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Home :: Archive :: 2007 :: December ::
Presentism
The Shakespeare Conference: SHK 18.0841  Sunday, 16 December 2007

[1] 	From:	R. A. Cantrell <
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	Date:	Thursday, 13 Dec 2007 18:39:55 -0600
	Subj:	Re: SHK 18.0834 Presentism

[2] 	From:	John Drakakis <
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	Date:	Friday, 14 Dec 2007 09:49:30 -0000
	Subj:	RE: SHK 18.0834 Presentism

[3] 	From:	Alan Horn <
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	Date:	Friday, 14 Dec 2007 05:02:18 -0500
	Subj:	Re: SHK 18.0834 Presentism

[4] 	From:	Terence Hawkes <
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	Date:	Friday, 14 Dec 2007 10:25:19 -0000
	Subj:	Presentism


[1]-----------------------------------------------------------------
From:		R. A. Cantrell <
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Date:		Thursday, 13 Dec 2007 18:39:55 -0600
Subject: 18.0834 Presentism
Comment:	Re: SHK 18.0834 Presentism

 >The discussion has become absurd. --

No, the discussion has not become absurd; it has been absurd from the 
beginning. Which is my point. Montaigne is useful, but he is not so 
useful as Popkin, followed by Sextus. Avoid Hume altogether unless you 
are very young and intend to utterly waste your life.

You might also begin in Hegel, pass through Dilthey, and end in the 
sewage of Heideger, but you still will not know how many children had 
Lady Macbeth, ever.

All the best,
R.A. Cantrell

[2]-----------------------------------------------------------------
From:		John Drakakis <
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Date:		Friday, 14 Dec 2007 09:49:30 -0000
Subject: 18.0834 Presentism
Comment:	RE: SHK 18.0834 Presentism

I think Joe,

And with Hugh Grady's strictures in mind, you might like to have a read 
of the section on 'Repetition' in Gilles Deleuze's book 'Difference and 
Repetition'. I think that when you do, you will see that the 
relationship between past and present isn't quite as straightforward as 
you seem to think. Add to that Bill Godshalk's suggestion that Montaigne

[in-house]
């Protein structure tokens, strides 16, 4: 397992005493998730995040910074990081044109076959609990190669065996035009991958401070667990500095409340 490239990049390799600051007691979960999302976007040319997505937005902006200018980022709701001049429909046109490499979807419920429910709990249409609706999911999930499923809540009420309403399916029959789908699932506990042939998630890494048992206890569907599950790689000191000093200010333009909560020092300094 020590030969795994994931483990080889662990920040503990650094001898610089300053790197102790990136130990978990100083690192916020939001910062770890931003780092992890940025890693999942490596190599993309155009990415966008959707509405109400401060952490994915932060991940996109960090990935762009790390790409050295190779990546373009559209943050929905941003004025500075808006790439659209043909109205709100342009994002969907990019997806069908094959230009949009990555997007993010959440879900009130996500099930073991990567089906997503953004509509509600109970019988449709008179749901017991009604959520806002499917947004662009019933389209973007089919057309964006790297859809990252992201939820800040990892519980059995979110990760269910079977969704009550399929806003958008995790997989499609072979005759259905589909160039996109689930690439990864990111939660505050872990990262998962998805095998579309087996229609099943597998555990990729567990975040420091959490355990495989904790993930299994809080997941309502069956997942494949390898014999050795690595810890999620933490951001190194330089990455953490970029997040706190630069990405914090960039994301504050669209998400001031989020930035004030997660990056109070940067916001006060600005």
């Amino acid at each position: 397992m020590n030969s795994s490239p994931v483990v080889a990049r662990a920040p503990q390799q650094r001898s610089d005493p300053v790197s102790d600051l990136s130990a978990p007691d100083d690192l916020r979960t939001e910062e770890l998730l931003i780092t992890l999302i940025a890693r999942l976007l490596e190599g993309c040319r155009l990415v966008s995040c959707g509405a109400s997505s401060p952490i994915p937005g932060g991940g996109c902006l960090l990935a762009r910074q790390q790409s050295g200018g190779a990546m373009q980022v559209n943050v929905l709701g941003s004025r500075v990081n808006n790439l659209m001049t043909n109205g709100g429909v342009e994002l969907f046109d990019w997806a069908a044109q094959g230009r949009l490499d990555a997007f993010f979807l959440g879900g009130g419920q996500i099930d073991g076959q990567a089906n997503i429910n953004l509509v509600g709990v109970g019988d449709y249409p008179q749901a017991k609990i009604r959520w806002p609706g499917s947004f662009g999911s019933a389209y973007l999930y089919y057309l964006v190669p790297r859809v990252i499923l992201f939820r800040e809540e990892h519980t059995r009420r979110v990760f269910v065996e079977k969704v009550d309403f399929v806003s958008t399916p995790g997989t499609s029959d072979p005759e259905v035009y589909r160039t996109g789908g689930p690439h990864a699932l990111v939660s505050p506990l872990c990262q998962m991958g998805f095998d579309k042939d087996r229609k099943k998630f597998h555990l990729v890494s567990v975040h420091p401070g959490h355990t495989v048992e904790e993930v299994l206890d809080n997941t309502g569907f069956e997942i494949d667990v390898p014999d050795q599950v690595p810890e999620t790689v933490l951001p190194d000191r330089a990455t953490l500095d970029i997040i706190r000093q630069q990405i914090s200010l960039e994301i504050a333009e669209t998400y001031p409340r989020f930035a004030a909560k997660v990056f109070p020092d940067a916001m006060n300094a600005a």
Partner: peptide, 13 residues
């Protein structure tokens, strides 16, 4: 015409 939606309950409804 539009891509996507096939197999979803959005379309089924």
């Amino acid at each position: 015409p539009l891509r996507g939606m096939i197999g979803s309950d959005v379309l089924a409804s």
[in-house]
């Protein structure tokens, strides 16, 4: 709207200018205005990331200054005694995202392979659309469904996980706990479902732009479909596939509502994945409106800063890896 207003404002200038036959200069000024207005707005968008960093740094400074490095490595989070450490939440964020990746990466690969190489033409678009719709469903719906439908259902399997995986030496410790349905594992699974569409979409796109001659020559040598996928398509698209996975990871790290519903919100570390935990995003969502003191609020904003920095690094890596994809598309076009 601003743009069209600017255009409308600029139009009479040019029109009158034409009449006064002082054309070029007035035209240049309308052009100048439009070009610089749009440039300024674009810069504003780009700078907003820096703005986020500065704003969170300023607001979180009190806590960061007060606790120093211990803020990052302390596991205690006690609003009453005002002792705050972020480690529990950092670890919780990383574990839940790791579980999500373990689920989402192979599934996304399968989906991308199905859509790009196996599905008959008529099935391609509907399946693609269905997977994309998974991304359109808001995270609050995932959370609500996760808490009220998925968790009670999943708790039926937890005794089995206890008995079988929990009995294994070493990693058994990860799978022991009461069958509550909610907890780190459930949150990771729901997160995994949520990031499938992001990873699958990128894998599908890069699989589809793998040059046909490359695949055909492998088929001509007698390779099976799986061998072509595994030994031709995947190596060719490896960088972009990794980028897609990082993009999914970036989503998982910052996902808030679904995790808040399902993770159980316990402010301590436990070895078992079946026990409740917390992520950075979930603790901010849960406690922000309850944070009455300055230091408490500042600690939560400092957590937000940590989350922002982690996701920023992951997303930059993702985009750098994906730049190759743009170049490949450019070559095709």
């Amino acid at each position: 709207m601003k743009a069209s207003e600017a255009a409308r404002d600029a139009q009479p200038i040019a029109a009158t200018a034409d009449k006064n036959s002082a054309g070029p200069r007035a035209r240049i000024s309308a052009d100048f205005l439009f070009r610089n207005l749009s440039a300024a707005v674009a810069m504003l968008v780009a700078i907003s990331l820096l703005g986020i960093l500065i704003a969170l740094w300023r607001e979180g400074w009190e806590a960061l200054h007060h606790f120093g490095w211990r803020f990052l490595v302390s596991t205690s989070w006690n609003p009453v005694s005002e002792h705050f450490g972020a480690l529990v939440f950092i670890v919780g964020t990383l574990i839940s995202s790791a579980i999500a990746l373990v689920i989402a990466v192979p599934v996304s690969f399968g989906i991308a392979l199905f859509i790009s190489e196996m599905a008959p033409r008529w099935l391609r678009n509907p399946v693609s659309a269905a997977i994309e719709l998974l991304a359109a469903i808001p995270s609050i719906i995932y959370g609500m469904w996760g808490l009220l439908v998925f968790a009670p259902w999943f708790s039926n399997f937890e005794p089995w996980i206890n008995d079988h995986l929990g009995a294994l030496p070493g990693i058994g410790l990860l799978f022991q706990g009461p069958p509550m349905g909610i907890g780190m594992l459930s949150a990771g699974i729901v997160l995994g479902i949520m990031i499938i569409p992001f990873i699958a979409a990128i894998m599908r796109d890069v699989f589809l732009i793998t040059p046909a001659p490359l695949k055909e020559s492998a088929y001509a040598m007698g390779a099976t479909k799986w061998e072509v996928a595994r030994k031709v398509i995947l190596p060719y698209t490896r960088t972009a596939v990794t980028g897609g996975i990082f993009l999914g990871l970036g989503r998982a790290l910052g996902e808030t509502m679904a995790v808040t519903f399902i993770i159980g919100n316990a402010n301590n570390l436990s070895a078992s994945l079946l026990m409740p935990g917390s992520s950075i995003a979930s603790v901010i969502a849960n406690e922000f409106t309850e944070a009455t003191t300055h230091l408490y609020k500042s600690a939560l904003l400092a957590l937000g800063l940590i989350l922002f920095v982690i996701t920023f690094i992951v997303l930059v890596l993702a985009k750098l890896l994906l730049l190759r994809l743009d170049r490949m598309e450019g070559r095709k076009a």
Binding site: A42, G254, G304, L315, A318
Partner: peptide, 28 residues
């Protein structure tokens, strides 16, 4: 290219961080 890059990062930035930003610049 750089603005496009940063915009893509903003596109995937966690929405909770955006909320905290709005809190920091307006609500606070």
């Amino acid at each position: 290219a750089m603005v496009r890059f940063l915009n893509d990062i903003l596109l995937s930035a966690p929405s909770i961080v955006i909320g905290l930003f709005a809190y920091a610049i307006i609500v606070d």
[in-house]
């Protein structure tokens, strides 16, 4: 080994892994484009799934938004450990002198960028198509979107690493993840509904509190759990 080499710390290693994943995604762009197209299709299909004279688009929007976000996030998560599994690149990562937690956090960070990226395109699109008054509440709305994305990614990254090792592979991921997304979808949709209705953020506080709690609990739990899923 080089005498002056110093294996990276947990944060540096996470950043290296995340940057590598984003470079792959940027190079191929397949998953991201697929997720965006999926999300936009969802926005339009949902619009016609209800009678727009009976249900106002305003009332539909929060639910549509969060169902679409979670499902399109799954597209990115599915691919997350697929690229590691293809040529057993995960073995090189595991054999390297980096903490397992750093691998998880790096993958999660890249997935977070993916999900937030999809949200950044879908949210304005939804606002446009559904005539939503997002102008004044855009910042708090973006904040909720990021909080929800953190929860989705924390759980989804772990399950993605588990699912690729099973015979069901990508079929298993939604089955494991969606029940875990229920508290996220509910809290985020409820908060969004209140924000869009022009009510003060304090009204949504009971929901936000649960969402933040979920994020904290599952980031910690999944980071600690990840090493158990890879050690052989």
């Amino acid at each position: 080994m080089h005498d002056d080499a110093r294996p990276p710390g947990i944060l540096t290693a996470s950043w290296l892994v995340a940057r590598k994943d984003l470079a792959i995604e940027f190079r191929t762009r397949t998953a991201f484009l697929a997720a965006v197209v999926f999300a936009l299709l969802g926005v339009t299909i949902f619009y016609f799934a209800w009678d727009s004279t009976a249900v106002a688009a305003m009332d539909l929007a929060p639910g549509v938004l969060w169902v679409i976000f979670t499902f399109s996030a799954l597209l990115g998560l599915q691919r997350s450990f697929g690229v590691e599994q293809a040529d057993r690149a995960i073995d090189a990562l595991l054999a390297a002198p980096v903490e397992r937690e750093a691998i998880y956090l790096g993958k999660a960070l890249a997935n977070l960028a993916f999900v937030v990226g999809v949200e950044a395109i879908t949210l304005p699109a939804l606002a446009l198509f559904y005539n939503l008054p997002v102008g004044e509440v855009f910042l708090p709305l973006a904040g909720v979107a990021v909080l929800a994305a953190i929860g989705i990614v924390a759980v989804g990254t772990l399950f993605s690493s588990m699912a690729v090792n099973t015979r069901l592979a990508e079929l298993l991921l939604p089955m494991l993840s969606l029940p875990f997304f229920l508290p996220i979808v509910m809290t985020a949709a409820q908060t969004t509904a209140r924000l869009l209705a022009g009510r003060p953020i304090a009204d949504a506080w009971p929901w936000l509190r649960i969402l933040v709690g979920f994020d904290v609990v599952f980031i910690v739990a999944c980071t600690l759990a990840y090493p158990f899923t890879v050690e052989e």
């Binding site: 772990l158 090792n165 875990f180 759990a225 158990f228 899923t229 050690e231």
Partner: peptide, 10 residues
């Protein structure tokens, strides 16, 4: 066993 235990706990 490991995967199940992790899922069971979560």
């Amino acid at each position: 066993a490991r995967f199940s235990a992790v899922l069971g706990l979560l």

should figure on the reading list too, and we are back in business again.

On the matter of Terence Hawkes alleged 'scepticism', it seems pretty 
healthy to me, and it is one of the most persuasive ways of moving the 
debate about Shakespeare onwards while at the same time not forgetting 
the self-consciously mediating role of scholars and critics (and editors 
too, Joe!.) Denying the absolute objectivity of 'truth' does not lead us 
into R.A. Cantrell's very odd kind of intellectual paralysis (the 
characteristic response of a politically reactionary stance, if ever I 
saw one). It should lead us to ask questions about the politics of 
'literature' (I use the scare quotes because the epithet 'literary' is a 
fabrication when applied to Shakespeare's plays) and all that that 
implies. Let me emphasise for what I hope will be the last time, that 
the study of 'presentist' Shakespeare does NOT mean an abandonment of 
the past: it does mean - and here Deleuze is very helpful- that we have 
to think seriously about how the past is constructed as a series of 
'presents'... And that's just the beginning. Historians, particularly 
continental European historians, have been aware of this for some time, 
and it is about time that those working within the discipline of English 
Studies took it a little more seriously than they do.

I'll step down off my soapbox now.

A merry festive season to all,
John Drakakis

[3]-----------------------------------------------------------------
From:		Alan Horn <
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Date:		Friday, 14 Dec 2007 05:02:18 -0500
Subject: 18.0834 Presentism
Comment:	Re: SHK 18.0834 Presentism

Hugh Grady writes of R. A. Cantrell's previous post:

 >"[A]ll of this is contentless blustering that does nothing toward
 >advancing the discussion beyond whatever relief the writer gets from
 >blowing off the hot air."

This is unfair. The remarks cited, though provocatively phrased, 
certainly do aim to "advance the discussion"-unlike Hugh Grady's, which 
are merely dismissive.

He adds: "And might I suggest that one paragraph on epistemology is not 
likely to be very illuminating in the first place?"

R. A. Cantrell's point, as I took it, was not to take issue with a 
particular formulation but to question the insertion of epistemology, by 
Hugh Grady and others, into discussion of a program for practical 
scholarship. The suggestion is that the purpose of doing so can only be 
obscurantist.

As I understand it, R. A. Cantrell was trying to reinforce a point made 
recently by others and back in June by me in a late contribution to the 
Roundtable, which Hugh Grady did not bother to reply to either:

"No doubt [no 'construction of the past'] will ever be definitive, and 
it is helpful to keep this warning in mind. But just because such 
understanding is never absolute-just because [as Hugh Grady had put it] 
it 'never completely succeed[s]'-does not mean it is not useful 
nevertheless."

Alan Horn

[4]-----------------------------------------------------------------
From:		Terence Hawkes <
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Date:		Friday, 14 Dec 2007 10:25:19 -0000
Subject:	Presentism

Even Joe Egert must finally be aware that his claim to seek 'the truth, 
the whole truth, and nothing but the truth, despite our limitations' is 
wholly absurd. I repeat: our 'limitations' are exactly those which 
deprive us of the truth. His hastily amended version, 'venturing to 
learn what is plausible and increasingly probable in our 
representations', crudely gives the game away. To replace 'truth' with 
whatever 'is plausible' or 'increasingly probable' is a shattering 
admission, and places him in Presentism's capable hands.

T. Hawkes

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